Facebook announced Thursday that it has acquired two-year-old security startup PrivateCore, an encryption and malware prevention company based in Palo Alto, Calif. The announcement, which was posted to Facebook chief security officer Joe Sullivan's Facebook page, did not disclose the terms of the deal.
PrivateCore, which was founded by former VMware and Google security experts, develops software to validate and secure server data. Its main offering, called vCage, is used in private and public clouds to protect infrastructure from malware, unauthorized physical access, and malicious hardware devices by securing servers for sensitive applications on cloud infrastructure, its website explains.
Facebook plans to deploy PrivateCore's technology into the Facebook server stack, which will bolster its platform and help it scale, PrivateCore CEO Oded Horovitz said in a statement.
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"Since the beginning, we have worked tirelessly on our technology to protect servers from malware threats, unauthorized physical access, and malicious hardware devices," Horovitz said. "Working with Facebook, there is a huge opportunity to pursue our joint vision at scale with incredible impact."
Facebook's Sullivan said that PrivateCore's technology will support the social network's push to secure its data. Users have been able to browse Facebook securely by enabling HTTPS since 2011, for example, but last year the social network finished converting all users to it as the default. Facebook also partnered with Trend Micro and F-Secure earlier this year to provide free anti-malware scanning that sends alerts if your device becomes infected.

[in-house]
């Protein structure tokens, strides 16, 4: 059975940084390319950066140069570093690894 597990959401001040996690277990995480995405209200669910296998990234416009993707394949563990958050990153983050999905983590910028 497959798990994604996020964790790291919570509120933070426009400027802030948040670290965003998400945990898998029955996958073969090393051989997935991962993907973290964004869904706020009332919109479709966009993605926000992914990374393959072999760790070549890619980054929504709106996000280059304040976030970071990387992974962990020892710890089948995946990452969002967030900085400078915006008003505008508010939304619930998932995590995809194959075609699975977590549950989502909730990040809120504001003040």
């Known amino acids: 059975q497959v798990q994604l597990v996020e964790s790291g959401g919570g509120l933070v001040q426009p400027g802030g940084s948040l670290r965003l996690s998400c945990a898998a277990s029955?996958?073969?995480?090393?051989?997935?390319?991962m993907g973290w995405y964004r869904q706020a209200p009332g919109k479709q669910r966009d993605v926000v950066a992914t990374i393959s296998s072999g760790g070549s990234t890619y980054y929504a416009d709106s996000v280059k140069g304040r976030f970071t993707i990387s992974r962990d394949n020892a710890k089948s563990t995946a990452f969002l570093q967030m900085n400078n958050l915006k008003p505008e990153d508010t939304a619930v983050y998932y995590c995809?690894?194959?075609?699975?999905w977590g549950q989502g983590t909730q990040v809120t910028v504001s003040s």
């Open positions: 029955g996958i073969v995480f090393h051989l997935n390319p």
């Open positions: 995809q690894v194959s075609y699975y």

PrivateCore was named this year to InformationWeek's top cloud startups to watch for its guarantee that your servers in the cloud can't be accessed by the NSA. To prove it, PrivateCore put its vCage software on a Tor server run by the Tor anonymity network in IBM's SoftLayer cloud.
VCage protects data in use by encrypting it in RAM to protect it from NSA-style snooping programs, the article explained. The use of data-in-use encryption eliminates the possibility that your data will be handed over to governmental authorities by your cloud provider, it said.
"I've seen how much people care about the security of data they entrust to services like Facebook," said Facebook's Sullivan. "I believe that PrivateCore's technology and expertise will help support Facebook's mission to help make the world more open and connected, in a secure and trusted way."
Facebook did not disclose the purchase price for PrivateCore. Since its inception in 2004, the social network has spent more than $22 billion in acquisitions, according to an infographic from Marketo.
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